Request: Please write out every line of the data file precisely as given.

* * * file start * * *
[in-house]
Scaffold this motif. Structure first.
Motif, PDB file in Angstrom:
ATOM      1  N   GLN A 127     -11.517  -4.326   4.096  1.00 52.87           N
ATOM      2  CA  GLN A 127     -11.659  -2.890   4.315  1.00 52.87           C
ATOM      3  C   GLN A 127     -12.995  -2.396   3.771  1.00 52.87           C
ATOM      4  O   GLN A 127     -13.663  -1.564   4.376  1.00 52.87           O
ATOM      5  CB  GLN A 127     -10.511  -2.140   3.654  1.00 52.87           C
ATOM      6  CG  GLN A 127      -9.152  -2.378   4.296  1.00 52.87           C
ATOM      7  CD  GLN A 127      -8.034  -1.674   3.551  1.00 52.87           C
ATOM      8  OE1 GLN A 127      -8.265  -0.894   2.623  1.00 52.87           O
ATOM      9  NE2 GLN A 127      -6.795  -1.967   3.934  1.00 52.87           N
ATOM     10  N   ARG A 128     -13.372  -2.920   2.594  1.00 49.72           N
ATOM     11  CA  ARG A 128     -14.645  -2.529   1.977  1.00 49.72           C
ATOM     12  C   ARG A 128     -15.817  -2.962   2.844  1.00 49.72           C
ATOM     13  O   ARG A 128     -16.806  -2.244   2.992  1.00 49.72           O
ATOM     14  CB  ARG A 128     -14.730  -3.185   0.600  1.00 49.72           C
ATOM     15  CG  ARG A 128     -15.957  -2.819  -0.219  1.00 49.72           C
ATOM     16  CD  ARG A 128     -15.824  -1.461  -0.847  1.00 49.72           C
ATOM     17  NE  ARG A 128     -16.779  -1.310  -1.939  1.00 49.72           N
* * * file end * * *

[in-house]
Scaffold this motif. Structure first.
Motif, PDB file in Angstrom:
ATOM      1  N   GLN A 127     -11.517  -4.326   4.096  1.00 52.87           N
ATOM      2  CA  GLN A 127     -11.659  -2.890   4.315  1.00 52.87           C
ATOM      3  C   GLN A 127     -12.995  -2.396   3.771  1.00 52.87           C
ATOM      4  O   GLN A 127     -13.663  -1.564   4.376  1.00 52.87           O
ATOM      5  CB  GLN A 127     -10.511  -2.140   3.654  1.00 52.87           C
ATOM      6  CG  GLN A 127      -9.152  -2.378   4.296  1.00 52.87           C
ATOM      7  CD  GLN A 127      -8.034  -1.674   3.551  1.00 52.87           C
ATOM      8  OE1 GLN A 127      -8.265  -0.894   2.623  1.00 52.87           O
ATOM      9  NE2 GLN A 127      -6.795  -1.967   3.934  1.00 52.87           N
ATOM     10  N   ARG A 128     -13.372  -2.920   2.594  1.00 49.72           N
ATOM     11  CA  ARG A 128     -14.645  -2.529   1.977  1.00 49.72           C
ATOM     12  C   ARG A 128     -15.817  -2.962   2.844  1.00 49.72           C
ATOM     13  O   ARG A 128     -16.806  -2.244   2.992  1.00 49.72           O
ATOM     14  CB  ARG A 128     -14.730  -3.185   0.600  1.00 49.72           C
ATOM     15  CG  ARG A 128     -15.957  -2.819  -0.219  1.00 49.72           C
ATOM     16  CD  ARG A 128     -15.824  -1.461  -0.847  1.00 49.72           C
ATOM     17  NE  ARG A 128     -16.779  -1.310  -1.939  1.00 49.72           N